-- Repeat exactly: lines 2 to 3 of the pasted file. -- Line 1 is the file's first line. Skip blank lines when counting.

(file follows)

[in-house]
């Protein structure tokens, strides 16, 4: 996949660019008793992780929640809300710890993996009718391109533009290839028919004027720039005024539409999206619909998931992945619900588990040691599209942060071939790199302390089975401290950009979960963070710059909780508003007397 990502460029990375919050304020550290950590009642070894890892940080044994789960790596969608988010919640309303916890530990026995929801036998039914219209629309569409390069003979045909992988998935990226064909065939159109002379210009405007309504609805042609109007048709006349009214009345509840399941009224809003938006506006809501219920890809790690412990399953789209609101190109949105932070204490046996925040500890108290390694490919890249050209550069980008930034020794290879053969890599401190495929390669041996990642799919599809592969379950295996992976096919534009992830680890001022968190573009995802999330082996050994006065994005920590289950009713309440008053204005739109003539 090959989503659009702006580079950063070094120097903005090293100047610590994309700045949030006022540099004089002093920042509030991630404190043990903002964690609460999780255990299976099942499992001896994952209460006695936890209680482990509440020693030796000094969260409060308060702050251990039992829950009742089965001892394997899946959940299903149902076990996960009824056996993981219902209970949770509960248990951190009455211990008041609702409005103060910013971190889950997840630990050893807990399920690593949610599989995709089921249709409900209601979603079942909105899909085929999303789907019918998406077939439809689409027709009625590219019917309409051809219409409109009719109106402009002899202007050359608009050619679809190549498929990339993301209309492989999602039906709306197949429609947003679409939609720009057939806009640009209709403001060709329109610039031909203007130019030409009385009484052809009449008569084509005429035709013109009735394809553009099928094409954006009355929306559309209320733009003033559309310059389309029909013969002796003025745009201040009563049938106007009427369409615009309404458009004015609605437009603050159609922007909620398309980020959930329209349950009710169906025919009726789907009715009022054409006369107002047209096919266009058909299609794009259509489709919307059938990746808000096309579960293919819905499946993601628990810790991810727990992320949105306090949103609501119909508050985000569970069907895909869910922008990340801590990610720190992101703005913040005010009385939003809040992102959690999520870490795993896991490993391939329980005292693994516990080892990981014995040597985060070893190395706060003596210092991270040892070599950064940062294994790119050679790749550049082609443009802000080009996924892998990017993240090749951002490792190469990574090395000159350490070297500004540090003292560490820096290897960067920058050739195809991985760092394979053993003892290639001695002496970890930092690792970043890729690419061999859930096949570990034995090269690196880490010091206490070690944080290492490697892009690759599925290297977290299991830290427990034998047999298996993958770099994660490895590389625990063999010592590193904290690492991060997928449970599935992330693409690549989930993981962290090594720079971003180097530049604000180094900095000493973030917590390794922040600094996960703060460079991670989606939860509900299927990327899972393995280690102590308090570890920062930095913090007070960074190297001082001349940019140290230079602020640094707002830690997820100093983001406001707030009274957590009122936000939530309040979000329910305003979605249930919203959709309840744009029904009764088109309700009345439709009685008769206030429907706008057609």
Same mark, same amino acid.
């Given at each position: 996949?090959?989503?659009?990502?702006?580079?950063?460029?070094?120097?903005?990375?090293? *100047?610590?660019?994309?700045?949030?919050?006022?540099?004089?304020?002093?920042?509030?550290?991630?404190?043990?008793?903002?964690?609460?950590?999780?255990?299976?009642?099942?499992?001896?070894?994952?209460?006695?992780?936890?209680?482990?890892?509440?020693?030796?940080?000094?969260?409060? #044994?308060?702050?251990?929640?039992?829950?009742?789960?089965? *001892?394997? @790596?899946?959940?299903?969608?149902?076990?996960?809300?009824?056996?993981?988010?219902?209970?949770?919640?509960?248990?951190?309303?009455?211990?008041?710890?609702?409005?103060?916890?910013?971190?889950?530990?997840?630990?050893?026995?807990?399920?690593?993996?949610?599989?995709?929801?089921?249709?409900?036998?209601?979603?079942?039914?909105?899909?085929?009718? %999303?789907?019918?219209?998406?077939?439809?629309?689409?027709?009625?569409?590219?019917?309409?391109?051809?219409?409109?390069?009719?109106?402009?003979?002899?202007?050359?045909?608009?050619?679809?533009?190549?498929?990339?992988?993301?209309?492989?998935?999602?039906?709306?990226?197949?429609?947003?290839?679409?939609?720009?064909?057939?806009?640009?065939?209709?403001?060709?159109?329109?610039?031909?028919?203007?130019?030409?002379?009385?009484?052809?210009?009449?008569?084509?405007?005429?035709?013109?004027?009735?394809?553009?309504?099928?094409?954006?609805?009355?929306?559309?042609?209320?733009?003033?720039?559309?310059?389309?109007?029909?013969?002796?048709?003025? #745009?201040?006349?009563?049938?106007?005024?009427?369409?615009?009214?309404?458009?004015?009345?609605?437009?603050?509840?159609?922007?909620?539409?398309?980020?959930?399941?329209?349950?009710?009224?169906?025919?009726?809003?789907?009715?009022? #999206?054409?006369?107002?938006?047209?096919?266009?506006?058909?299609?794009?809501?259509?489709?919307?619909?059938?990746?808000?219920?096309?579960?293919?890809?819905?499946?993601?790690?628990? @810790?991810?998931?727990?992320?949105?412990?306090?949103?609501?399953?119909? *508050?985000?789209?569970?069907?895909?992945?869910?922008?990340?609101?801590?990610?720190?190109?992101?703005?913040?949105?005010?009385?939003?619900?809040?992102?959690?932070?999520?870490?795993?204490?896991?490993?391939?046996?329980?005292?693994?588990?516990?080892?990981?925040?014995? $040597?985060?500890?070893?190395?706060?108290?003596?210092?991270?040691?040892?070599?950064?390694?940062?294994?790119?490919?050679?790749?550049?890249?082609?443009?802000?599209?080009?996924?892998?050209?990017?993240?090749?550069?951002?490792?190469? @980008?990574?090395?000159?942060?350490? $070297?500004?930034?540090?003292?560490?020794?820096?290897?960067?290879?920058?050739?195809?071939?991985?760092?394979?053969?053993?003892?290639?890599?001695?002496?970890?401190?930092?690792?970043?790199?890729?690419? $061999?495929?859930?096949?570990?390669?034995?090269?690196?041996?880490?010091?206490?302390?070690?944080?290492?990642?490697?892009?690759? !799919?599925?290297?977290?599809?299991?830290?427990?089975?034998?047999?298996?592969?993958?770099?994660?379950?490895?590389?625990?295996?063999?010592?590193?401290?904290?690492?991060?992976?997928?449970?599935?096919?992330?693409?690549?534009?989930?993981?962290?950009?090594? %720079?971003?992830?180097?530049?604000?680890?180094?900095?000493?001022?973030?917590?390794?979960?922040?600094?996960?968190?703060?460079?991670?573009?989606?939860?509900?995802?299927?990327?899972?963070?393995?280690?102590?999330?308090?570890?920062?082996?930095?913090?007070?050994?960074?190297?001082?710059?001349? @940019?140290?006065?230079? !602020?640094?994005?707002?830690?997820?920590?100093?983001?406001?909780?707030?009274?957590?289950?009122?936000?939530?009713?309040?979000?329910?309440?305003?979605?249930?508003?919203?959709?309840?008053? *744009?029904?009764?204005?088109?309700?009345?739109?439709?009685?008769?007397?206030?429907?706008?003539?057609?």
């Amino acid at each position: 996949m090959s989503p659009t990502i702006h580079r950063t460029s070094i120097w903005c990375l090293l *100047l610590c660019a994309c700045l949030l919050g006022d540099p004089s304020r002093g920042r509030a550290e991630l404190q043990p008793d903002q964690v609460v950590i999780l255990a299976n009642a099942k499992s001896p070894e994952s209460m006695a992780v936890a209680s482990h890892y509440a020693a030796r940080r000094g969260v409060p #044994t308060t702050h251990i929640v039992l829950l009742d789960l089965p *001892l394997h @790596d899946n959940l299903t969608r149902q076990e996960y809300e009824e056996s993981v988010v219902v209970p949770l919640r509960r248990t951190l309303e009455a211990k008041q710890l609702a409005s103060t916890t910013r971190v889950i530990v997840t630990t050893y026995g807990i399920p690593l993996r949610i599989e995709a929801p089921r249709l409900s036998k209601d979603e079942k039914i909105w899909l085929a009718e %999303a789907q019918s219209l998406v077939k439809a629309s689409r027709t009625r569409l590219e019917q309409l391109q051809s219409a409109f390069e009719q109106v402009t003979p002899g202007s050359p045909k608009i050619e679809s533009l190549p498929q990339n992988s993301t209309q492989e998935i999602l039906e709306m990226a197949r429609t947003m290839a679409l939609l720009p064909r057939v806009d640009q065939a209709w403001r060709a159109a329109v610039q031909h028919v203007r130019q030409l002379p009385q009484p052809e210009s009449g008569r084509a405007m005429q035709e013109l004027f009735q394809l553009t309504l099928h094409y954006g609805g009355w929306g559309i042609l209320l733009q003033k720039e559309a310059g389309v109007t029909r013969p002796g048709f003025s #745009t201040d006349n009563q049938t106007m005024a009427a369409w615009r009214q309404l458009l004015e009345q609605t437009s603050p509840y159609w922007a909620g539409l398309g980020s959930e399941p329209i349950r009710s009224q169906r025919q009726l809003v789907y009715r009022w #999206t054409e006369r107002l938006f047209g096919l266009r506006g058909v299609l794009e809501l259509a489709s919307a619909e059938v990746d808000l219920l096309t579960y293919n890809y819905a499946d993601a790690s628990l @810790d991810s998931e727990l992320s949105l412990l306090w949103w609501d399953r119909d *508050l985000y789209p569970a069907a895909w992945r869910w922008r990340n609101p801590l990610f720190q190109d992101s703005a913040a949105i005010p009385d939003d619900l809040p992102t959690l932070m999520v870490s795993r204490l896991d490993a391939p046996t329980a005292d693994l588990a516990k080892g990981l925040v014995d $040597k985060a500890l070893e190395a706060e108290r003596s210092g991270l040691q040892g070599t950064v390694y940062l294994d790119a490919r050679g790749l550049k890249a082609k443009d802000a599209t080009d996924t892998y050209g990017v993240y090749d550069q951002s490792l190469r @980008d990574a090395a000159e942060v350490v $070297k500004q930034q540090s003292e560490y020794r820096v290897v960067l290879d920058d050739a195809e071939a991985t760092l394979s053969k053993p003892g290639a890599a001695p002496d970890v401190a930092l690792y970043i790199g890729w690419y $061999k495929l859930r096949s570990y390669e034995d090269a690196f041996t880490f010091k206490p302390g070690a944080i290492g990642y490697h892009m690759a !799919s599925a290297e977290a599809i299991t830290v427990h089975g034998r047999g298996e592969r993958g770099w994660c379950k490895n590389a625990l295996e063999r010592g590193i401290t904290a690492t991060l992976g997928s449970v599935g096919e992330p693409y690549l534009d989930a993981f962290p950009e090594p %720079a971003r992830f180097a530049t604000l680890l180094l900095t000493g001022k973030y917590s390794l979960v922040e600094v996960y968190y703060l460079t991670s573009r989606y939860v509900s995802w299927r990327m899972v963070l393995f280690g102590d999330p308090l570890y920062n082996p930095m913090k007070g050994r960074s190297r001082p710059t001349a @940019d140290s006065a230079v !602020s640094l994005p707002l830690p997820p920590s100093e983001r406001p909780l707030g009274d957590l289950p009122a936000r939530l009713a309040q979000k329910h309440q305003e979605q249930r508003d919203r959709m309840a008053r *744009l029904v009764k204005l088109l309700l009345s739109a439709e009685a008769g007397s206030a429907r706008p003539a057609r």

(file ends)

């Protein structure tokens, strides 16, 4: 996949660019008793992780929640809300710890993996009718391109533009290839028919004027720039005024539409999206619909998931992945619900588990040691599209942060071939790199302390089975401290950009979960963070710059909780508003007397 990502460029990375919050304020550290950590009642070894890892940080044994789960790596969608988010919640309303916890530990026995929801036998039914219209629309569409390069003979045909992988998935990226064909065939159109002379210009405007309504609805042609109007048709006349009214009345509840399941009224809003938006506006809501219920890809790690412990399953789209609101190109949105932070204490046996925040500890108290390694490919890249050209550069980008930034020794290879053969890599401190495929390669041996990642799919599809592969379950295996992976096919534009992830680890001022968190573009995802999330082996050994006065994005920590289950009713309440008053204005739109003539 090959989503659009702006580079950063070094120097903005090293100047610590994309700045949030006022540099004089002093920042509030991630404190043990903002964690609460999780255990299976099942499992001896994952209460006695936890209680482990509440020693030796000094969260409060308060702050251990039992829950009742089965001892394997899946959940299903149902076990996960009824056996993981219902209970949770509960248990951190009455211990008041609702409005103060910013971190889950997840630990050893807990399920690593949610599989995709089921249709409900209601979603079942909105899909085929999303789907019918998406077939439809689409027709009625590219019917309409051809219409409109009719109106402009002899202007050359608009050619679809190549498929990339993301209309492989999602039906709306197949429609947003679409939609720009057939806009640009209709403001060709329109610039031909203007130019030409009385009484052809009449008569084509005429035709013109009735394809553009099928094409954006009355929306559309209320733009003033559309310059389309029909013969002796003025745009201040009563049938106007009427369409615009309404458009004015609605437009603050159609922007909620398309980020959930329209349950009710169906025919009726789907009715009022054409006369107002047209096919266009058909299609794009259509489709919307059938990746808000096309579960293919819905499946993601628990810790991810727990992320949105306090949103609501119909508050985000569970069907895909869910922008990340801590990610720190992101703005913040005010009385939003809040992102959690999520870490795993896991490993391939329980005292693994516990080892990981014995040597985060070893190395706060003596210092991270040892070599950064940062294994790119050679790749550049082609443009802000080009996924892998990017993240090749951002490792190469990574090395000159350490070297500004540090003292560490820096290897960067920058050739195809991985760092394979053993003892290639001695002496970890930092690792970043890729690419061999859930096949570990034995090269690196880490010091206490070690944080290492490697892009690759599925290297977290299991830290427990034998047999298996993958770099994660490895590389625990063999010592590193904290690492991060997928449970599935992330693409690549989930993981962290090594720079971003180097530049604000180094900095000493973030917590390794922040600094996960703060460079991670989606939860509900299927990327899972393995280690102590308090570890920062930095913090007070960074190297001082001349940019140290230079602020640094707002830690997820100093983001406001707030009274957590009122936000939530309040979000329910305003979605249930919203959709309840744009029904009764088109309700009345439709009685008769206030429907706008057609």
Same mark, same amino acid.